In summary, addiction occurs as a culmination of continued exposure to an addictive substance over a period of time. This occurs only through personal choice. However, when the individual has developed the disease of addiction, the substance abuse is no longer merely a choice, but a compulsion due to physiological dependence and, through the lens of an altered brain, psychological dependence as well.5
Perhaps These Aren’t Totally Unrelated Concepts After All
It’s important for people to understand that, in the end, the concept of addiction as a disease and the reality that one can only become an addict by choosing to use alcohol or drugs aren’t irreconcilably contrasting. Rather, both ideas are part of a bigger picture and help to answer the riddle of addiction.6
What do you think? Do you agree that both decision and disease are involved in becoming addicted to alcohol or other drugs? Share your thoughts with us. We’re interested in hearing what you have to say.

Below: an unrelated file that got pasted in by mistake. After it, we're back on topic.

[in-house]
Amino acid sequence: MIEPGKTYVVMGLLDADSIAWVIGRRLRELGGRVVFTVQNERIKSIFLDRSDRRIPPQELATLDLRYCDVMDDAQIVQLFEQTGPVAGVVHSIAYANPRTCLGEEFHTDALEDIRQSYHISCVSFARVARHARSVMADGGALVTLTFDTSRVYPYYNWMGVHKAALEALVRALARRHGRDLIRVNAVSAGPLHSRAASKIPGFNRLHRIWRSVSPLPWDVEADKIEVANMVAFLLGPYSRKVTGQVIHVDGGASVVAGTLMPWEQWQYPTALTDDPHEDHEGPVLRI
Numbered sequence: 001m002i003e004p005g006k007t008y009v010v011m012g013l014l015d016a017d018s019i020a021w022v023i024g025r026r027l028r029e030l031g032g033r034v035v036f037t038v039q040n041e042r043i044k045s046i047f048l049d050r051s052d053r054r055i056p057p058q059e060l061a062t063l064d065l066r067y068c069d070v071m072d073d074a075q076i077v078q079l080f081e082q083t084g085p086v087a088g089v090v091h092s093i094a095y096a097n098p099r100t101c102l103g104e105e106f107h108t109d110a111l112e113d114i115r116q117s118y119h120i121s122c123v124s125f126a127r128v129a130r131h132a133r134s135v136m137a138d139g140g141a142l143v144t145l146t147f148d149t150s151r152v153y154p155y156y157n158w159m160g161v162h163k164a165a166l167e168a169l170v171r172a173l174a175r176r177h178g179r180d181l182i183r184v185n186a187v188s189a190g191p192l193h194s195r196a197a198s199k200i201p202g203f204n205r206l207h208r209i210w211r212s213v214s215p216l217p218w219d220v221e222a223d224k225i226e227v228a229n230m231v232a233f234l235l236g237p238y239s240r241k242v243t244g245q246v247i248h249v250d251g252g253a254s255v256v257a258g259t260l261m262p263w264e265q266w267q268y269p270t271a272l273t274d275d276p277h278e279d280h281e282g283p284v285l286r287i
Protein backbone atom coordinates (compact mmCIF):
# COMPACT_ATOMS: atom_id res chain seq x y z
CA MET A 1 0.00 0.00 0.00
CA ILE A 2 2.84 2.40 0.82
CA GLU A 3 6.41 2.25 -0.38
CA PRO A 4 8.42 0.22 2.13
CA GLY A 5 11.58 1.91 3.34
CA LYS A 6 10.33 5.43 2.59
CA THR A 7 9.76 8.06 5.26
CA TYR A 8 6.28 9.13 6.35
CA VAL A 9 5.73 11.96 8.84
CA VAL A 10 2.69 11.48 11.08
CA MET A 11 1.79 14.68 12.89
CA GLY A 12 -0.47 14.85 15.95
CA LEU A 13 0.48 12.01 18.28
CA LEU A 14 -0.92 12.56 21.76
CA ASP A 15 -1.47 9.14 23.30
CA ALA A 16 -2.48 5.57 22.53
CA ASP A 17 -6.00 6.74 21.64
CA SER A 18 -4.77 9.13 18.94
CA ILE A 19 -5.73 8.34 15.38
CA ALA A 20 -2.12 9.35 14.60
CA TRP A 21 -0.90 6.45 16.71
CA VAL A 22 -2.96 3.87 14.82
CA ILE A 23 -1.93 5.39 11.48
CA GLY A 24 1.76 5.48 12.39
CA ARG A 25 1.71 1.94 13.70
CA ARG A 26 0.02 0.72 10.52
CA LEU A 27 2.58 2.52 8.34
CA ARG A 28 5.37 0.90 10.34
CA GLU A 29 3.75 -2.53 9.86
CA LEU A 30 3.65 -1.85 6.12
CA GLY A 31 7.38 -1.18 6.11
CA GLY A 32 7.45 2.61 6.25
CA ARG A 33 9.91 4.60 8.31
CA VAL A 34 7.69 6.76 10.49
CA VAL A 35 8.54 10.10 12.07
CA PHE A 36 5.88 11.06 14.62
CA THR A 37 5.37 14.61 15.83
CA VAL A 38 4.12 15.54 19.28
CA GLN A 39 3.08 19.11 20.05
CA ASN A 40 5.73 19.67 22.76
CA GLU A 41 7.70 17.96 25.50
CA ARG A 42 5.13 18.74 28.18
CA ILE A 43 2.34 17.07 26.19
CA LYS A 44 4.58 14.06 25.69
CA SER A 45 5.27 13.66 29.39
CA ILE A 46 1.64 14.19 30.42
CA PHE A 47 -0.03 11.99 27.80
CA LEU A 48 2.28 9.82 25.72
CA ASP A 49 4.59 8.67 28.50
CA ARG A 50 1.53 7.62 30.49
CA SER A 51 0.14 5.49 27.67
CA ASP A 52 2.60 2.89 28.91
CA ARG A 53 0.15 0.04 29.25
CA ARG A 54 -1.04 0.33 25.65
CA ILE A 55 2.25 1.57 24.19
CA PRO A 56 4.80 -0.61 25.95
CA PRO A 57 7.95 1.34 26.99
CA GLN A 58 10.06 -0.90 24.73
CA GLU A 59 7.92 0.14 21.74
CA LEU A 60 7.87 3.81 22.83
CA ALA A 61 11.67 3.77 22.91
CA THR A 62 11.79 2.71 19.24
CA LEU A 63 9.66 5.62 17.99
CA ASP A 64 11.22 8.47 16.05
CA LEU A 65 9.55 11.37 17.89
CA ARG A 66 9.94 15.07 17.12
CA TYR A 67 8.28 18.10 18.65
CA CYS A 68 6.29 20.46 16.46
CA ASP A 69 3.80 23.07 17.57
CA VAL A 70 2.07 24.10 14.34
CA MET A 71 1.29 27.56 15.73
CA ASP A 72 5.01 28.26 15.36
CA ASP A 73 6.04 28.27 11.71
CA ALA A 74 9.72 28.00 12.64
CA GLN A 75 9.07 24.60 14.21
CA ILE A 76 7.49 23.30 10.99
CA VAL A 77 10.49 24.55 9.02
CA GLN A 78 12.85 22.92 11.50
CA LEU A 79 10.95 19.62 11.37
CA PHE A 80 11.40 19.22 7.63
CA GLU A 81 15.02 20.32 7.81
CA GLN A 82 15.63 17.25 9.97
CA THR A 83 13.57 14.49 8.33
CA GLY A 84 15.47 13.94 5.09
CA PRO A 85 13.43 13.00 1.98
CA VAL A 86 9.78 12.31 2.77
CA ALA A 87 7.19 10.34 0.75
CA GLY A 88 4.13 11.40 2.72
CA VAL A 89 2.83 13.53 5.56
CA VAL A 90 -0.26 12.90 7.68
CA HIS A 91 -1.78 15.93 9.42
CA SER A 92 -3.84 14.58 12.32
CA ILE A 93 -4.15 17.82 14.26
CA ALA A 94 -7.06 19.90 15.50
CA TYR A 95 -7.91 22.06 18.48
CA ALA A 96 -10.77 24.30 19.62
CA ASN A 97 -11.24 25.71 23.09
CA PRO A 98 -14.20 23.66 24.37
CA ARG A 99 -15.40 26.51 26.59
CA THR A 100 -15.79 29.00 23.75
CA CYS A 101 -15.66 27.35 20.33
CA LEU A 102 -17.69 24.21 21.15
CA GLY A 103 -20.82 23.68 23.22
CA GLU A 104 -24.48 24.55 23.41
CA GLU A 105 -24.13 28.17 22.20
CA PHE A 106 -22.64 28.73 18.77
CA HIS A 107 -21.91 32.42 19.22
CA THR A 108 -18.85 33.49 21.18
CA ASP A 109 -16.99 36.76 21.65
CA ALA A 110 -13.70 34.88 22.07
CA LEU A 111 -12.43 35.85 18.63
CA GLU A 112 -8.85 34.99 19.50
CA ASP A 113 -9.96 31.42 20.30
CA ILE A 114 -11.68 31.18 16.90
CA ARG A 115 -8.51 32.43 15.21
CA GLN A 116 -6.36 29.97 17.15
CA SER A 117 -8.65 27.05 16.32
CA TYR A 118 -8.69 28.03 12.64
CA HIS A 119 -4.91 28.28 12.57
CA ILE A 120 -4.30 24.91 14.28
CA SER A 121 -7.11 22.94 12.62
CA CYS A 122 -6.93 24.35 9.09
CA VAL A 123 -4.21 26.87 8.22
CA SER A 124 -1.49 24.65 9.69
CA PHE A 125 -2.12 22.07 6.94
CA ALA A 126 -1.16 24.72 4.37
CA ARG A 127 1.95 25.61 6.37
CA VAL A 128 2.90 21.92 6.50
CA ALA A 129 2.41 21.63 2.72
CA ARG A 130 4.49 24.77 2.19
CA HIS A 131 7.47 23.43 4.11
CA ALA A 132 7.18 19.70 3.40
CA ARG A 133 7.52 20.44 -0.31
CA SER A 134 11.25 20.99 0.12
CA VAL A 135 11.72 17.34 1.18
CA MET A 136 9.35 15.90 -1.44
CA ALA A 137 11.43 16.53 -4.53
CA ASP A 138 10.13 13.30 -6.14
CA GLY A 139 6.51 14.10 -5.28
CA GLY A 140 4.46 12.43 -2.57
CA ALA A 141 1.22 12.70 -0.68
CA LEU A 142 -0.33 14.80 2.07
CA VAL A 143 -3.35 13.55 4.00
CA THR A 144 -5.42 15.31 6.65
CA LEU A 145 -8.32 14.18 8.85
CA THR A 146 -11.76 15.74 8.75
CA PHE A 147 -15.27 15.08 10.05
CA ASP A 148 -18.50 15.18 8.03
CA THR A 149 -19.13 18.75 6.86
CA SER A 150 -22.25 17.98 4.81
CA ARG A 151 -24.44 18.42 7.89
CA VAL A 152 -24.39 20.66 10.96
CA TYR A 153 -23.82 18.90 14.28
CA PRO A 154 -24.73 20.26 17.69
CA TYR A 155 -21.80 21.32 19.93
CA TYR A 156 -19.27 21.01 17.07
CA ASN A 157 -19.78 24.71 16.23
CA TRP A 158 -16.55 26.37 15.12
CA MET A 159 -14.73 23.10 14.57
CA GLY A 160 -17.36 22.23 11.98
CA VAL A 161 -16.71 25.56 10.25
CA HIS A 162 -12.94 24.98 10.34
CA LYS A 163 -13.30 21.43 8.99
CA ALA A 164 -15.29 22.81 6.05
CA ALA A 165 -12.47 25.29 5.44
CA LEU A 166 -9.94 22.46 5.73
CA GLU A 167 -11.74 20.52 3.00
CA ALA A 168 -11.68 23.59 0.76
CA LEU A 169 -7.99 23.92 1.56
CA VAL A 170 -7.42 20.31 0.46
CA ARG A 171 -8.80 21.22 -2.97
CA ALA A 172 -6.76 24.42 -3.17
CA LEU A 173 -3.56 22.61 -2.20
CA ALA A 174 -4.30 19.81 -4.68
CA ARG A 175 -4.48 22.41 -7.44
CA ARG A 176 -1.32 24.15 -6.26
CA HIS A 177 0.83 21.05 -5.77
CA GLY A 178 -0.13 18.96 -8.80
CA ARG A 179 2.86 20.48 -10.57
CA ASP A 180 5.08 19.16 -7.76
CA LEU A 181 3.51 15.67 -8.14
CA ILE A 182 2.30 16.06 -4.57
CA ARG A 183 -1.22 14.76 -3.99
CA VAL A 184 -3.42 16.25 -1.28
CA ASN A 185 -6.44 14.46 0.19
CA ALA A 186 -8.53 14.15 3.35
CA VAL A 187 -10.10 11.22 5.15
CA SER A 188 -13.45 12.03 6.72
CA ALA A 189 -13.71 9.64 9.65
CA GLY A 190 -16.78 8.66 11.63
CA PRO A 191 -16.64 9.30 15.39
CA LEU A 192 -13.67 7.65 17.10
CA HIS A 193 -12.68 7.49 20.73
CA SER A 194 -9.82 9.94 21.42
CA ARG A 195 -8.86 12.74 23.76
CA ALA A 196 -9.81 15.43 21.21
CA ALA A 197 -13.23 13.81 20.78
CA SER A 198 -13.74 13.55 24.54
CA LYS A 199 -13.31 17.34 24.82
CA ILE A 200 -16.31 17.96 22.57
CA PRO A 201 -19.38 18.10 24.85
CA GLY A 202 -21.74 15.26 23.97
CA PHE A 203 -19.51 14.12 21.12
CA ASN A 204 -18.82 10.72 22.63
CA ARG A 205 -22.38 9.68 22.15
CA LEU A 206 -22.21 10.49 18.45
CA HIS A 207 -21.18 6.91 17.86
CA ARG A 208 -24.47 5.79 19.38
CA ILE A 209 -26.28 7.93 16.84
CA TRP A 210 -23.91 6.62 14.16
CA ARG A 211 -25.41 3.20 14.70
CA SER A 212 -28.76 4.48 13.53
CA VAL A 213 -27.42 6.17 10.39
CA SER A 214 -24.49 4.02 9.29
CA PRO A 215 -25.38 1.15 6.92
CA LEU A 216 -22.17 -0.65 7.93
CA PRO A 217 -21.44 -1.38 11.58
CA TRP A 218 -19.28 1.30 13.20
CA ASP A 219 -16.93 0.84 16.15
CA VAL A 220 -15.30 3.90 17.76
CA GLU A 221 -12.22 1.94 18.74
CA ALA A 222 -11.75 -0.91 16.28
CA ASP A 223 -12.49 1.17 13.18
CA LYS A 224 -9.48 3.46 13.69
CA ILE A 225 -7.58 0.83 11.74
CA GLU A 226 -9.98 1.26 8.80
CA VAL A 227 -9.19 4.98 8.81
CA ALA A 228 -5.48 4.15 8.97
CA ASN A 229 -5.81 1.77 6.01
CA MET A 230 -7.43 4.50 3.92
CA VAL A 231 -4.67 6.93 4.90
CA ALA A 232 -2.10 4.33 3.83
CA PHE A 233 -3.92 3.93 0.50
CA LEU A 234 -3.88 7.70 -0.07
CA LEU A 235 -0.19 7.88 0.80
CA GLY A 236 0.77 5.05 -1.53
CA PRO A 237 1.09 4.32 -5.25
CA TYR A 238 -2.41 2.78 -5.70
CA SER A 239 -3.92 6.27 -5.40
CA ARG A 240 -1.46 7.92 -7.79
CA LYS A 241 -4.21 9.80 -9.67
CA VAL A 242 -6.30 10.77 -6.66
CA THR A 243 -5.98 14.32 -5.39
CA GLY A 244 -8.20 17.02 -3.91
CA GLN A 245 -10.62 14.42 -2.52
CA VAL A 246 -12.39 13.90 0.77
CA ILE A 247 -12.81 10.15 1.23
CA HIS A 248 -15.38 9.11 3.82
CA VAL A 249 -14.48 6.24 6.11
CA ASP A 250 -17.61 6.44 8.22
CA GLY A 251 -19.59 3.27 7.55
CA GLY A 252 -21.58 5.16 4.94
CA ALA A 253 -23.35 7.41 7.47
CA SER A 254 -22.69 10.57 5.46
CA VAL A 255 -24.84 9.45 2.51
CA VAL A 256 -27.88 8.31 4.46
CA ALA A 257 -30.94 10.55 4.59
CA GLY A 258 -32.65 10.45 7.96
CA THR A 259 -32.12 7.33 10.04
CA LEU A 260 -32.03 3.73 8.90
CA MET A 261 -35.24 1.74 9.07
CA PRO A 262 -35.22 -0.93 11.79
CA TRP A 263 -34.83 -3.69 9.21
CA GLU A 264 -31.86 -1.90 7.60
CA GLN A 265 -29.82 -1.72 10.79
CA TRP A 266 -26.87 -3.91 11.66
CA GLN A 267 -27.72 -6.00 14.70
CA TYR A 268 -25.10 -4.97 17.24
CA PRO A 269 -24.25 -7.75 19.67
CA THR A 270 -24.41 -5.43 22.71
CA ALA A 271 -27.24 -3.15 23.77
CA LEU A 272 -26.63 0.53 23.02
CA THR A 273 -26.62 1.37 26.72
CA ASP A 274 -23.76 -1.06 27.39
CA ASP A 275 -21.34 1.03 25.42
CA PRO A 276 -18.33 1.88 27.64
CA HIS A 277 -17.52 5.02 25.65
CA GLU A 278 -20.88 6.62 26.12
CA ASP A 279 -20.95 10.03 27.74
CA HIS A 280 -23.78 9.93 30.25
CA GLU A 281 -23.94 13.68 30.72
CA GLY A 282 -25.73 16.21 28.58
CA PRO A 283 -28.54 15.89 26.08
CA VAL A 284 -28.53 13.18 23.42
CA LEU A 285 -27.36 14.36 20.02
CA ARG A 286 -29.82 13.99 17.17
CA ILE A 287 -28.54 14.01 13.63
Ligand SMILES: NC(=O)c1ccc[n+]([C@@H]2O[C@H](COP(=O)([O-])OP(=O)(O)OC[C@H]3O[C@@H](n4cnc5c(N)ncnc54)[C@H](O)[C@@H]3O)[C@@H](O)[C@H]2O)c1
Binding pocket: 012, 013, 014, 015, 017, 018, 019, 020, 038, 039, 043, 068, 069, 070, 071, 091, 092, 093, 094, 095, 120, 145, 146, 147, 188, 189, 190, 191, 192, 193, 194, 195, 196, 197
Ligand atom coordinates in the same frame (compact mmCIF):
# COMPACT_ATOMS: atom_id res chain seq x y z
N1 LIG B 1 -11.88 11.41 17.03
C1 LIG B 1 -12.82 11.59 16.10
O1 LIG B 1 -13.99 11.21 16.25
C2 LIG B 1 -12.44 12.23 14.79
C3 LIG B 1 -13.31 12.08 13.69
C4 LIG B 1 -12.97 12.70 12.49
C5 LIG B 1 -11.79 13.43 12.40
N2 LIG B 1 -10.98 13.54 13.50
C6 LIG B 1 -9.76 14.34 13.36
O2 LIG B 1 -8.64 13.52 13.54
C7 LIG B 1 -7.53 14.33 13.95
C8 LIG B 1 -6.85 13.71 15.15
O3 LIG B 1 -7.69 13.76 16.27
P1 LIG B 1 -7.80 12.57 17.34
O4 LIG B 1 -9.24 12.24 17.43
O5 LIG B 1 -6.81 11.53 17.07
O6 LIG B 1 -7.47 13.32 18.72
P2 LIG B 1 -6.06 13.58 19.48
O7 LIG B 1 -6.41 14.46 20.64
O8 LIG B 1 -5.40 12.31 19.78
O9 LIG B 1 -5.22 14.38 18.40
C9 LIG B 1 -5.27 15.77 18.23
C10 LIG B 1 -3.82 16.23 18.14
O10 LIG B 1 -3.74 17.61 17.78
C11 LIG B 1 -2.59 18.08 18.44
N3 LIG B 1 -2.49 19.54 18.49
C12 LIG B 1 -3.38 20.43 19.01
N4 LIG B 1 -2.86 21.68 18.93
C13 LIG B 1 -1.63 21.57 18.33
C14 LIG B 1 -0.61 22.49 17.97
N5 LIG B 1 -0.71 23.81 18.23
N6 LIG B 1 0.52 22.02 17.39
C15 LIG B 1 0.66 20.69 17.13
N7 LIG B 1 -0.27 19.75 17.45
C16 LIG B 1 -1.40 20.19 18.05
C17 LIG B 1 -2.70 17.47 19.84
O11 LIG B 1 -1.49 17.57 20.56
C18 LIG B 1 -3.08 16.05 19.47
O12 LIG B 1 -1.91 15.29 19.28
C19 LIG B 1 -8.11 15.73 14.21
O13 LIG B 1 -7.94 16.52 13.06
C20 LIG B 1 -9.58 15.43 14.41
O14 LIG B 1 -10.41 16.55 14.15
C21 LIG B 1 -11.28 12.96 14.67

1 “Addiction and Free Choice.” National Institute on Drug Abuse. February, 2014.
2 “Understanding Drug Use and Addiction.” National Institute on Drug Abuse. August, 2016.
3 Schaler, Jeffrey A., Ph.D. “Addiction Is a Choice.” Psychiatric Times. October 1, 2002.
4 Stossel, John. “Is Addiction Just a Matter of Choice?” ABC News. April 21, 2017.
5 Heyman, Gene M. “Addiction and Choice: Theory and New Data.” Frontiers in Psychiatry. NCBI, May 6, 2013.
6 Soper, Richard G. “Addiction: Character Defect or Chronic Disease?”American Society of Addiction Medicine. 13 March 13, 2014.
Written By Dane O’Leary